After his explorations through South America, Johann took up the cause of Swiss and other European immigrant residents of Brazil who were treated no better than slaves.
Johann’s travels through Peru, the Cordilleras, Brazil, Argentina and Chile have been compared to the accomplishments of pioneers in science.
Fritz Zwicky (1898 – 1974) was a physicist.
In fact Zwicky was one of the most esteemed astrophysicists of the 20th century, creating the “Morphological Method”, this Professor at the California Institute of Technology in Pasadena made discoveries in rocket technology, publishing many scientific papers and his biographical Every Person a Genius.
When researchers talk about neutron stars, dark matter, and gravitational lenses, they all start the same way:
“Zwicky noticed this problem in the 1930s.
Back then, nobody listened…”
(Steven Mauer, Idea Man)
The Glarus Public Library and the Fritz Zwicky Foundation house his personal library.
As well, this town has produced Olympic calibre cyclists Peter Vogel and Colin Stüssi, Olympic gymnist Melanie Marti and racing driver Urs Sonderegger.
Clearly a remarkable place filled with remarkable people…
Yet few travel books make remarks about either the town or the canton called Glarus.
And I have mixed feelings about this, for as much as I wish others to enjoy Glarus as much as I have, there remains a part of me that wants to keep this enjoyment as a private pleasure.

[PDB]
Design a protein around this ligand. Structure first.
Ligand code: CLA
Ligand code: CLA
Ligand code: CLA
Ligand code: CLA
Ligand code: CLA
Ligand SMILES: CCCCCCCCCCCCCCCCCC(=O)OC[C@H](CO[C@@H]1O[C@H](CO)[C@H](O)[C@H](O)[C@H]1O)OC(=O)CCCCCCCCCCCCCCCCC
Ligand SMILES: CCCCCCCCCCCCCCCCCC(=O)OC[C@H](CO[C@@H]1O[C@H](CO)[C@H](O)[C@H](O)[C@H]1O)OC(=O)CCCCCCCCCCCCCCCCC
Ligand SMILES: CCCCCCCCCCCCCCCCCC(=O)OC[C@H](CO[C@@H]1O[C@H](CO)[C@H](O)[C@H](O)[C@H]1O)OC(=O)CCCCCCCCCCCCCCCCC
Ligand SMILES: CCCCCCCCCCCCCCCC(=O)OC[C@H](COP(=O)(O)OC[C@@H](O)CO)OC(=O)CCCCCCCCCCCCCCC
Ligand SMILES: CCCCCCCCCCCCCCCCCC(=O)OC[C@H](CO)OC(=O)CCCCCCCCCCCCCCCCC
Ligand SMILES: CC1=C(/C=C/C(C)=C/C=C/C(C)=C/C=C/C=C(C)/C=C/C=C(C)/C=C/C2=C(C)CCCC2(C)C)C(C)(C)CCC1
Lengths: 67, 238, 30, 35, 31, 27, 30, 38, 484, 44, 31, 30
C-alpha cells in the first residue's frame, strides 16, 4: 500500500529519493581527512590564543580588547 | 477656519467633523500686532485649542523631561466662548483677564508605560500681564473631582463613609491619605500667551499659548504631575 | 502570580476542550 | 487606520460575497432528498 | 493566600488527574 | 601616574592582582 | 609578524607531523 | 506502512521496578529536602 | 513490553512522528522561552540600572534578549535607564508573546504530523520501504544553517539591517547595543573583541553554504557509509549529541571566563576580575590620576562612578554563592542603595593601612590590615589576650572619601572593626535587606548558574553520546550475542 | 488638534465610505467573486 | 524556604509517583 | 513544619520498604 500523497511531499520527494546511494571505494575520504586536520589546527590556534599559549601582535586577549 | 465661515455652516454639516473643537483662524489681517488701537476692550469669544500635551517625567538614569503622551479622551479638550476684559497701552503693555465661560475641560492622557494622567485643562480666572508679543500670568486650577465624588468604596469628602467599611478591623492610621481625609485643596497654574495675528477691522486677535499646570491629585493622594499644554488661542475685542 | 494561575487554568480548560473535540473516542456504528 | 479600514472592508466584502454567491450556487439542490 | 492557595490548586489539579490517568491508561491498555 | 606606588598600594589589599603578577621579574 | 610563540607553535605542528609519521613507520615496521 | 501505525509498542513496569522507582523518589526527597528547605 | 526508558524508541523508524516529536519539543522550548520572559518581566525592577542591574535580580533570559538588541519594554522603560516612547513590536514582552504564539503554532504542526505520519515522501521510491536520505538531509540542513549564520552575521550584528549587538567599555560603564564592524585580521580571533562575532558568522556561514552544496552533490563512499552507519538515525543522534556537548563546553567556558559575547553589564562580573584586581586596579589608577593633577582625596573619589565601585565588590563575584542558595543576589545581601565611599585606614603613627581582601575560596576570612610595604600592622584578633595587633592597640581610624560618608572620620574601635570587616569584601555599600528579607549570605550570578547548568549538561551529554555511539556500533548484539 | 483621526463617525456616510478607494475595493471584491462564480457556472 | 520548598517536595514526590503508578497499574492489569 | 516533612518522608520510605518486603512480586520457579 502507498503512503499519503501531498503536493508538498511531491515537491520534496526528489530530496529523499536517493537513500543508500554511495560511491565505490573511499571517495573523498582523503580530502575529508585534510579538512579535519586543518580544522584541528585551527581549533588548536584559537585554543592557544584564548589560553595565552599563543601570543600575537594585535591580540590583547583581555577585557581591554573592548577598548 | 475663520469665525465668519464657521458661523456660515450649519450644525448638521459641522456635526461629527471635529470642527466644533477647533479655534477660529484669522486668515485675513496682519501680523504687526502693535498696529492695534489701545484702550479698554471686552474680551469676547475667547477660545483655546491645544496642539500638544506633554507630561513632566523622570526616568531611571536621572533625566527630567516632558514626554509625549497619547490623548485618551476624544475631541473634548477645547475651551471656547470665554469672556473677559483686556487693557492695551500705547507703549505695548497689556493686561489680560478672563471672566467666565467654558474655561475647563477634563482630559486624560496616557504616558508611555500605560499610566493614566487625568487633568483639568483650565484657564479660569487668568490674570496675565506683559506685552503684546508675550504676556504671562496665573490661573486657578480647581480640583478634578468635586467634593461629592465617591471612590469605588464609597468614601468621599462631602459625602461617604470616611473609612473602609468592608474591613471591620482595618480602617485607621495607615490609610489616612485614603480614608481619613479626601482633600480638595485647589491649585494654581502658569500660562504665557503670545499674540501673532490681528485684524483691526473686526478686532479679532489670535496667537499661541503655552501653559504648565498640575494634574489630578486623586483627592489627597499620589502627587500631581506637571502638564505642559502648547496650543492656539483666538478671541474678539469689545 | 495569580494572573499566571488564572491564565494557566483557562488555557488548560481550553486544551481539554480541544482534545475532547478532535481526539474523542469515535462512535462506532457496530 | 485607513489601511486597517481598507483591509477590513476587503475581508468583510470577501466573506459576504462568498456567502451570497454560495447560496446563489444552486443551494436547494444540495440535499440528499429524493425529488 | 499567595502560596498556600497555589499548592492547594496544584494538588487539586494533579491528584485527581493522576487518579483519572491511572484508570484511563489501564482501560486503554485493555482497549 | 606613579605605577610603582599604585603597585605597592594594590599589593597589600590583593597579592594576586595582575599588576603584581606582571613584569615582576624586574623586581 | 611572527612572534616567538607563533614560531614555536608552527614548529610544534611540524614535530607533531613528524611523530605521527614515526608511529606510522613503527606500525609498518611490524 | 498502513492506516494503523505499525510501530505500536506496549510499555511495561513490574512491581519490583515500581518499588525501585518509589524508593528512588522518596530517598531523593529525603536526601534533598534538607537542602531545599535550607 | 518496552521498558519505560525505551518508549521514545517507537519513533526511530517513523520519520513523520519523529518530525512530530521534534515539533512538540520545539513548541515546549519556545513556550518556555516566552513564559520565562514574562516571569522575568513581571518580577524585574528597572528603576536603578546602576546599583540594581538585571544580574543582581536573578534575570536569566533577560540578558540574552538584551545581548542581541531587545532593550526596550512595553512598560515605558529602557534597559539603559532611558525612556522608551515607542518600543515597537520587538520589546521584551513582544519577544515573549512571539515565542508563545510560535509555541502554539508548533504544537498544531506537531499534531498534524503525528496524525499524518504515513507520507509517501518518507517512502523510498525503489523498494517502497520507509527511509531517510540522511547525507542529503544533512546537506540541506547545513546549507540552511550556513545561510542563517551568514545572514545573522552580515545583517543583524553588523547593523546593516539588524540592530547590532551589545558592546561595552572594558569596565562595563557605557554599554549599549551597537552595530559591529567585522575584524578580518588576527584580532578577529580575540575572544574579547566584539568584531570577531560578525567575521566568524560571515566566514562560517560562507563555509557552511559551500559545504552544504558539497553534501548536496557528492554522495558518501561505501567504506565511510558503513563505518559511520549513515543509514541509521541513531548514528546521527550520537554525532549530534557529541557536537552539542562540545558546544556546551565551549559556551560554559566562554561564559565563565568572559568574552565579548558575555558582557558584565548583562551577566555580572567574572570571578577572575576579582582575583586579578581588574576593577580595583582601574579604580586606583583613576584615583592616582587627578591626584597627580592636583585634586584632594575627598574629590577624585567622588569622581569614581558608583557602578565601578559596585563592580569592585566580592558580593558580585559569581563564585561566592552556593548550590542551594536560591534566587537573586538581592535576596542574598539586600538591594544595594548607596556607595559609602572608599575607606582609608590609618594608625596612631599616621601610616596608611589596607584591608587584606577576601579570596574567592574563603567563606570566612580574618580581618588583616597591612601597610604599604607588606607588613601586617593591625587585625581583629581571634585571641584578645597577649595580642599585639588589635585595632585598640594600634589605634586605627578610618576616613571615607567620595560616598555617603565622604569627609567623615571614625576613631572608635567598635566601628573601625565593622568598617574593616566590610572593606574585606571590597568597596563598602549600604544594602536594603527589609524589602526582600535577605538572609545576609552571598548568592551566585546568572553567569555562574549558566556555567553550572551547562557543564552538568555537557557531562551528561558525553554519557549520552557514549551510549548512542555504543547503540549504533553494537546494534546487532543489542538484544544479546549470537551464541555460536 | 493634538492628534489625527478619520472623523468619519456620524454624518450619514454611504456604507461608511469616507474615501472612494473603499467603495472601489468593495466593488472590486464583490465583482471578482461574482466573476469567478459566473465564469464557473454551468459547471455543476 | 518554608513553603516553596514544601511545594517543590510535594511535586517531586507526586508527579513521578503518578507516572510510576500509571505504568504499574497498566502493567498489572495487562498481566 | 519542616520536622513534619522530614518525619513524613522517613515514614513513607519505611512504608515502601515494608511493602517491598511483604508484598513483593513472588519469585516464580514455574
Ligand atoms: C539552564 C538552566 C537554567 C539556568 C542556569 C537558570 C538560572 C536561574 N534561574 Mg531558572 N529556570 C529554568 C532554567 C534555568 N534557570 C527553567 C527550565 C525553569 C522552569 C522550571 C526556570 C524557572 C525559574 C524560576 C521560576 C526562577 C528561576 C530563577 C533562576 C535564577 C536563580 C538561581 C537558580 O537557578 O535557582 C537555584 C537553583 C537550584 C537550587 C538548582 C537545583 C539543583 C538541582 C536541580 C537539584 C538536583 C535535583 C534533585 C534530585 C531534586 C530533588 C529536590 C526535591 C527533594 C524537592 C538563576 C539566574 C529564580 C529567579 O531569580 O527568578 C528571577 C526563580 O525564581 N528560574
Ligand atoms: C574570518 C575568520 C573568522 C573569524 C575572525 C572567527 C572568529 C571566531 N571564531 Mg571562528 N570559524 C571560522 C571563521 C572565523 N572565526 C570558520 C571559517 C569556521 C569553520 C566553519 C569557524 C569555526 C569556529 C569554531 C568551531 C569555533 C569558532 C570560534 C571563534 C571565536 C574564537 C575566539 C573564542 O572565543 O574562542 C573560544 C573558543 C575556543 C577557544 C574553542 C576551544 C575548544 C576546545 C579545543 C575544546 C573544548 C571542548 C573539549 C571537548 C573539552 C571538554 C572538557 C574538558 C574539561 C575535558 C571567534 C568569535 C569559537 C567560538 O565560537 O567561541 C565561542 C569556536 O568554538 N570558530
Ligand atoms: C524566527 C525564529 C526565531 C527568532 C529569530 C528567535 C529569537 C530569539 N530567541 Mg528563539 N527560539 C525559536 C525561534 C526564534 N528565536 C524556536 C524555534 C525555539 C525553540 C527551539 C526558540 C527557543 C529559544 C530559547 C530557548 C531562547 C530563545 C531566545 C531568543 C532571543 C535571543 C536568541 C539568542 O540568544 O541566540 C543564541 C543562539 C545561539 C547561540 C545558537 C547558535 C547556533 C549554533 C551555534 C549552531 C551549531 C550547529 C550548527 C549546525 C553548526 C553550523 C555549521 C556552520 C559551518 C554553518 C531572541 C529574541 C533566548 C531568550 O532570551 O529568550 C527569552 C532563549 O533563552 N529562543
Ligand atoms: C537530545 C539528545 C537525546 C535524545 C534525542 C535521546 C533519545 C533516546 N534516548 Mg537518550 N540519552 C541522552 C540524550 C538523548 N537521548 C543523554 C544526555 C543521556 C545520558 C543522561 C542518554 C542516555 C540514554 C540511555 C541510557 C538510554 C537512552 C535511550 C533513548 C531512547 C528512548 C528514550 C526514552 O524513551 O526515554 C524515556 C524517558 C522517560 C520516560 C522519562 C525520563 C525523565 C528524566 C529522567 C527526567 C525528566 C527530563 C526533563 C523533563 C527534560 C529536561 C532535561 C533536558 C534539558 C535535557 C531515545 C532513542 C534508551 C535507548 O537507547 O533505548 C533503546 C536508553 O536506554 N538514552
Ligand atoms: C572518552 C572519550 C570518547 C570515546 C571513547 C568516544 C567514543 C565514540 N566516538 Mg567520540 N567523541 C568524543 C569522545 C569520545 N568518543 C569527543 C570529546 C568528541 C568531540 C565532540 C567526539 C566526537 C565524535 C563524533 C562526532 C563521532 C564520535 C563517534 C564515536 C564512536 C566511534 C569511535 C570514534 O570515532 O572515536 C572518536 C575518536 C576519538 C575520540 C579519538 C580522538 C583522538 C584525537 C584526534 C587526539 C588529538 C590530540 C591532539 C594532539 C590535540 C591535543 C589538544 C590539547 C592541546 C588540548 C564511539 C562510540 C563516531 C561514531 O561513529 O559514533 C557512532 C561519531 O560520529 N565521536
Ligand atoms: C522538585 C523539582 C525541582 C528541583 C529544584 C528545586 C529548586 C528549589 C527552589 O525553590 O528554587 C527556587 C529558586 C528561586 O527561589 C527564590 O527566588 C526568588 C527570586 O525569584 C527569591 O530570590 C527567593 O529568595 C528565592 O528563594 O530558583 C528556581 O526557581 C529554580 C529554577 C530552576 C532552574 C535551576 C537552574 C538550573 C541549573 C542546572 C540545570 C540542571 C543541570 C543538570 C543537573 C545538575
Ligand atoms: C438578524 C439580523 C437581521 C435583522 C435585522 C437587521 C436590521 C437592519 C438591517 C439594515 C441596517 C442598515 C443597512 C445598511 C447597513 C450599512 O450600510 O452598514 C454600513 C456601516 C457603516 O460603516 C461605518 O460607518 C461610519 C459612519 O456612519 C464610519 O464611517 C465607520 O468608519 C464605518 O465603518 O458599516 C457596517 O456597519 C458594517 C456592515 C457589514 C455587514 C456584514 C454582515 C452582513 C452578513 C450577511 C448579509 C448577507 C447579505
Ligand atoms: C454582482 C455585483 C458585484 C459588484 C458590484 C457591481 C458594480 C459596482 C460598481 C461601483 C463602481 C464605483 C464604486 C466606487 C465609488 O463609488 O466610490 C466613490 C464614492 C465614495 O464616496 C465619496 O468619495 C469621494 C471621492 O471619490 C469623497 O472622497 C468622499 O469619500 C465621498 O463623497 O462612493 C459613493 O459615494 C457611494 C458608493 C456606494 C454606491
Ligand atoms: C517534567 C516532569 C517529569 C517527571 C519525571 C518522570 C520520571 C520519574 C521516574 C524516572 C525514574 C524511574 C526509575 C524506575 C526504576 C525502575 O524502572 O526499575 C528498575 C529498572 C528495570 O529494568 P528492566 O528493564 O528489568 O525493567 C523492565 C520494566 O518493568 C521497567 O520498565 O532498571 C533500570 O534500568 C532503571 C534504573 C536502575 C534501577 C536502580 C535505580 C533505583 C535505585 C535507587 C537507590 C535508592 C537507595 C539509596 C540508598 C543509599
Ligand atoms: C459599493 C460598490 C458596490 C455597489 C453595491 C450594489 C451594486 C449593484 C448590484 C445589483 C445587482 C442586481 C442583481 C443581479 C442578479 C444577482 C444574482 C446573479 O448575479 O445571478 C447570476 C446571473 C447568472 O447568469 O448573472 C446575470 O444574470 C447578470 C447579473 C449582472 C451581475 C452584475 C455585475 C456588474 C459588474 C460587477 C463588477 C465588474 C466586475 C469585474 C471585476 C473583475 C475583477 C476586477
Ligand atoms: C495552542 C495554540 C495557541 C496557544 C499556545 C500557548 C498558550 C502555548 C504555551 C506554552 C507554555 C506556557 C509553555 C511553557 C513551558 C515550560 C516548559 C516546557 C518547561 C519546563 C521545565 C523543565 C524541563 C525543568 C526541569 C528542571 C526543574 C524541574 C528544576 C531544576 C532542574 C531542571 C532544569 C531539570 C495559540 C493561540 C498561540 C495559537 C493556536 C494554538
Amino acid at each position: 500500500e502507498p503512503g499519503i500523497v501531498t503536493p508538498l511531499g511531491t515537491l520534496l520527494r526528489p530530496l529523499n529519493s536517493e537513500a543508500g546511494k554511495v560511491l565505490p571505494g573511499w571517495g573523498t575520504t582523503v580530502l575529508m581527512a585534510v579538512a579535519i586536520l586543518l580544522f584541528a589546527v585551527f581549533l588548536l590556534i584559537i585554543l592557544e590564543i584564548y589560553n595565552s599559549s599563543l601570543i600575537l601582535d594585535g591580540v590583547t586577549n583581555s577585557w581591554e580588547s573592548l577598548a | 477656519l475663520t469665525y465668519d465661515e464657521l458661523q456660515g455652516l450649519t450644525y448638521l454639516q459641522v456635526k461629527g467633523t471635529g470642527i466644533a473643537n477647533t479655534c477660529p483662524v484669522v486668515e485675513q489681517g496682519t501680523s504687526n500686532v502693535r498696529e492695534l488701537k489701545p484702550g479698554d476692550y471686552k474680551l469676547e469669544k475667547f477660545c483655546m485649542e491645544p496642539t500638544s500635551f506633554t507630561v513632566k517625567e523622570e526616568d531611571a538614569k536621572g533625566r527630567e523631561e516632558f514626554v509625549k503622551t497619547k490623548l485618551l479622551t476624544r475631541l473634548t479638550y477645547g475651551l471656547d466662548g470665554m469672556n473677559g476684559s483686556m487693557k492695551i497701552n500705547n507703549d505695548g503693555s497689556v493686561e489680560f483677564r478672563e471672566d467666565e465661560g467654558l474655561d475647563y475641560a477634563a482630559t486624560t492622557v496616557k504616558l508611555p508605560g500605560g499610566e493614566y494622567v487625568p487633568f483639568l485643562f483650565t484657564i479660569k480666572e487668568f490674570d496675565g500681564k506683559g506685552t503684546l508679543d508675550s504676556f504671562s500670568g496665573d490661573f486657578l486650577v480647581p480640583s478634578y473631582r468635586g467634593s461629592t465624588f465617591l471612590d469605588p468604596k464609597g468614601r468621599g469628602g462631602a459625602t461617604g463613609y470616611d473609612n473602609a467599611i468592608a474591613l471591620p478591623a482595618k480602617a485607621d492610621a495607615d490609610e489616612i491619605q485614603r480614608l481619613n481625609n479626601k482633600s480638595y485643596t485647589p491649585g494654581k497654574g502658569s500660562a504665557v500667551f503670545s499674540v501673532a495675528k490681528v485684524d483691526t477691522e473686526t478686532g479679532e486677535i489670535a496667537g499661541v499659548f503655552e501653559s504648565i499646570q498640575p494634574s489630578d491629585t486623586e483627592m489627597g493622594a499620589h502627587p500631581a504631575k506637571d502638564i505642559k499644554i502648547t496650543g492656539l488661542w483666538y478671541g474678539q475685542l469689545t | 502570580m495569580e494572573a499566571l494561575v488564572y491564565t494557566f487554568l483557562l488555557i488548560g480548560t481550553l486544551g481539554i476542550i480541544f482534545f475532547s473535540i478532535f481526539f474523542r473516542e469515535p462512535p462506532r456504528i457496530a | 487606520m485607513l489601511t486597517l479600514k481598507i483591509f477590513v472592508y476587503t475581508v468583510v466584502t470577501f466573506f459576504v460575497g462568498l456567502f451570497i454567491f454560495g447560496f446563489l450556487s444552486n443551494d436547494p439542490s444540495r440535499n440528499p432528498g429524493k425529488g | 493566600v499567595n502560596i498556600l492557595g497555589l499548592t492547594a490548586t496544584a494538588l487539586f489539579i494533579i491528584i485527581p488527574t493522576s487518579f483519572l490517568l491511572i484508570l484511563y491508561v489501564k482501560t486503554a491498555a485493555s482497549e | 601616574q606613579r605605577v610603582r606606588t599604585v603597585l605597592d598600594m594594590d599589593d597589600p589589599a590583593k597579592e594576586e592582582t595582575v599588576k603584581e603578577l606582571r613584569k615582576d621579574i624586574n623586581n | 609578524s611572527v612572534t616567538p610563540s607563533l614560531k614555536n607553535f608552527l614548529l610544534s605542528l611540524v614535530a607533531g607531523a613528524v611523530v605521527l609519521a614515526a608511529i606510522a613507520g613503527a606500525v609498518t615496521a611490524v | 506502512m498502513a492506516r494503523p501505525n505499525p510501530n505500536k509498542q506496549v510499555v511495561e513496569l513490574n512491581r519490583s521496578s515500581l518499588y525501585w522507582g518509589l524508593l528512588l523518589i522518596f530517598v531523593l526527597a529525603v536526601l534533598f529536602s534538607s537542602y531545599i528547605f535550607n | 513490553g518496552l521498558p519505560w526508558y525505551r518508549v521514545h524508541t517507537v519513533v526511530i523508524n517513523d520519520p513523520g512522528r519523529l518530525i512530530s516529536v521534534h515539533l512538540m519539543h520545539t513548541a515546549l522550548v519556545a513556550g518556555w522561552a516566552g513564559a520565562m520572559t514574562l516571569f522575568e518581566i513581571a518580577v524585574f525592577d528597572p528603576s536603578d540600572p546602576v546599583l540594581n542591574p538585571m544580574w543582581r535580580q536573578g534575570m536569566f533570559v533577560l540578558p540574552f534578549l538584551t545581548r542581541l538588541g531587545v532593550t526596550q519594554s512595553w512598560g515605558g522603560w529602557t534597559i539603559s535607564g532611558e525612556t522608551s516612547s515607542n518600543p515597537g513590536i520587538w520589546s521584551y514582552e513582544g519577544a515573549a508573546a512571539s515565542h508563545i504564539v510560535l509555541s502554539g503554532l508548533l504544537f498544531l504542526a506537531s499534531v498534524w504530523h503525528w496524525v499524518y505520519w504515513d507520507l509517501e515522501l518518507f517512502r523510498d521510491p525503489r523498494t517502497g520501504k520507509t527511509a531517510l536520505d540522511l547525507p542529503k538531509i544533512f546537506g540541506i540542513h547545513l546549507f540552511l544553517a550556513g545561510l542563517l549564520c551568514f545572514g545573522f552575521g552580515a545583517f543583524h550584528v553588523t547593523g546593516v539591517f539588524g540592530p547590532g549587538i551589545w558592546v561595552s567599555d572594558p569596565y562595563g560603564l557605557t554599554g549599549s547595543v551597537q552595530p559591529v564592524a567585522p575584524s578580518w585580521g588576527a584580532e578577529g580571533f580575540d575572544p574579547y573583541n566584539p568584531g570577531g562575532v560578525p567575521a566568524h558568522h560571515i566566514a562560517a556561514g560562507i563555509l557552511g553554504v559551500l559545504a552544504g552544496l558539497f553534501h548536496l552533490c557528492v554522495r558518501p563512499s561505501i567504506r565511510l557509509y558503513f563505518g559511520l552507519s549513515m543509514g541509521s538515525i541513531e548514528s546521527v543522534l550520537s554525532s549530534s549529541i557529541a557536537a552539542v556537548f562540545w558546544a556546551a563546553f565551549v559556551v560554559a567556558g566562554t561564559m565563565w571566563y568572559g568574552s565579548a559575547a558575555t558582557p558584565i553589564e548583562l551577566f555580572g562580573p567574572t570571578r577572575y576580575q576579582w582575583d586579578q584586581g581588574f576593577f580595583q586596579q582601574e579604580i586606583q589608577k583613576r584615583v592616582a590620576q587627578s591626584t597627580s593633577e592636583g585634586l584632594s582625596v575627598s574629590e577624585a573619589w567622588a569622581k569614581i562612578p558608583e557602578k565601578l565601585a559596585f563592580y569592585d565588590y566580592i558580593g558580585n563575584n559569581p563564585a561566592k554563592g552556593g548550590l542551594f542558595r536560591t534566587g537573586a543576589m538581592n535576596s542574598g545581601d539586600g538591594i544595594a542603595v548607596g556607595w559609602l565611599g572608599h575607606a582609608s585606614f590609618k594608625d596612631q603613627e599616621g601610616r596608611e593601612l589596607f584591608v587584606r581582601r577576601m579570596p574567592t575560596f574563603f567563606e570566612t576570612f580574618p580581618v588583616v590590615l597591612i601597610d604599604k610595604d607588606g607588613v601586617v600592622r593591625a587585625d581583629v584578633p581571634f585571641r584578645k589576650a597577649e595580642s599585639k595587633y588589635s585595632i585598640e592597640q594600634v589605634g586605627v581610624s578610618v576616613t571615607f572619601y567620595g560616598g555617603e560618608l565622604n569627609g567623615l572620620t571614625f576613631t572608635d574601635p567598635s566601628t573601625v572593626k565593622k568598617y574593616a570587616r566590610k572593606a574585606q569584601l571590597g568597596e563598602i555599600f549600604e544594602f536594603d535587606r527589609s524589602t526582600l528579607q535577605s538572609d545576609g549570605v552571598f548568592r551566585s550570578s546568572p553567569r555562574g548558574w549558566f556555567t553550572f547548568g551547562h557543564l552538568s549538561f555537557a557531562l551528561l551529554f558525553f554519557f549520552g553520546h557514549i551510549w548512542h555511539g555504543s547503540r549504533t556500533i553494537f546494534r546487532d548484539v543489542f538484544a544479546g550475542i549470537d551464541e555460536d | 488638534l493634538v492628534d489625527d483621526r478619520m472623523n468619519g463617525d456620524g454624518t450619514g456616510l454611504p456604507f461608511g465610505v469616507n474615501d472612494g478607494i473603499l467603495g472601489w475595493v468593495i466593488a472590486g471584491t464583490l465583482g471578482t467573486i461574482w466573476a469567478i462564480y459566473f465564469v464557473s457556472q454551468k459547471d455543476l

For the tourist the town has much to offer: the Museum of Art with its collection of 19th / 20th century Swiss artwork and Pablo Picasso’s “Tete Bleue”, the Museum of Natural History, the Holenstein Cultural Centre, the Tschudi Art Gallery, the Pitoresk Gallery, the Suworow Museum, the Kantonschule Observatory, a park and a sports centre offering ice-skating, curling, jogging, field athletics, cycling, downhill skiing, sledding, swimming.
The Spielhof, the former State School, with its Soldenhoff Room, exhibits the major works of painter Alexander Soldenhoff (1882 – 1951), while its library and archives include the Blumer Atlas Collection, astrophysicist Fritz Zwicky’s personal library and Professor Arthur Dürst’s geographical collection.
As well, the Romanesque mountain chapel dedicated to the Archangel Michael dates back a thousand years, with a Roccoco altar of dark marble showing Michael hurling Lucifer into Hell’s fire while Maria and Joseph with the Christ Child look on.
White marble statues of Glarus’ patron saints Fridolin and Hilarius share devotion with Zürich’s patron saints Felix and Regula who found refuge in a nearby cave that bear their finger impressions on the walls.
Fortress Hill offers a scenic view of the town and vineyards cling to the hillside.
And nearby, a beautiful lake in a valley ringed by magnificent mountains with hiking trails, campsites, a boat dock, windsurfing and ice skating, arched stone bridge and hydro dam, limestone caves, peaks, gorges and waterfalls have inspired poets and painters for generations.
This is the Klöntal, where a memorial stone reads “here the goats – here the border” and a rough stone block bears the inscription: “Salomon Gessner wished to create a monument to nature, thus nature allowed his name to be recorded here for all eternity.”
But perhaps I have underestimated the good folks of Glarus…
Glarners have wisely decided to keep Paradise mostly private.
Perhaps in Glarnus every person is a genius after all…
(Sources: Wikipedia; Switzerland Tourism; Josef Schwitter/Urs Heer, Glarnerland: A Short Portrait)